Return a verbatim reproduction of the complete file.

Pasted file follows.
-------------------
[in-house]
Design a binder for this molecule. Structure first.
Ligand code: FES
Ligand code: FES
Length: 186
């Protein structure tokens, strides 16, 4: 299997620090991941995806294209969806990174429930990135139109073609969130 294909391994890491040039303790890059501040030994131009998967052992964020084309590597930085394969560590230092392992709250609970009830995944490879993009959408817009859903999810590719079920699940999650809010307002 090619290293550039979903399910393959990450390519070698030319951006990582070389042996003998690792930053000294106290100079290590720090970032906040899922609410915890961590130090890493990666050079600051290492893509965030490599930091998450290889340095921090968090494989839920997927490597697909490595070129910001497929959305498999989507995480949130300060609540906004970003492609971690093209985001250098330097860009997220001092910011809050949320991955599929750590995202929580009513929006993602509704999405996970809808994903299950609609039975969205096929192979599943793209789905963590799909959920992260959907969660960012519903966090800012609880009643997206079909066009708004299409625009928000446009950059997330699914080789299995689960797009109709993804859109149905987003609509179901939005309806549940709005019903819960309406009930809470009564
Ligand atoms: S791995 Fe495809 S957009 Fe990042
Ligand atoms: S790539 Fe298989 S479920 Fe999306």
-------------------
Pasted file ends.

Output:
[in-house]
Design a binder for this molecule. Structure first.
Ligand code: FES
Ligand code: FES
Length: 186
């Protein structure tokens, strides 16, 4: 299997620090991941995806294209969806990174429930990135139109073609969130 294909391994890491040039303790890059501040030994131009998967052992964020084309590597930085394969560590230092392992709250609970009830995944490879993009959408817009859903999810590719079920699940999650809010307002 090619290293550039979903399910393959990450390519070698030319951006990582070389042996003998690792930053000294106290100079290590720090970032906040899922609410915890961590130090890493990666050079600051290492893509965030490599930091998450290889340095921090968090494989839920997927490597697909490595070129910001497929959305498999989507995480949130300060609540906004970003492609971690093209985001250098330097860009997220001092910011809050949320991955599929750590995202929580009513929006993602509704999405996970809808994903299950609609039975969205096929192979599943793209789905963590799909959920992260959907969660960012519903966090800012609880009643997206079909066009708004299409625009928000446009950059997330699914080789299995689960797009109709993804859109149905987003609509179901939005309806549940709005019903819960309406009930809470009564
Ligand atoms: S791995 Fe495809 S957009 Fe990042
Ligand atoms: S790539 Fe298989 S479920 Fe999306």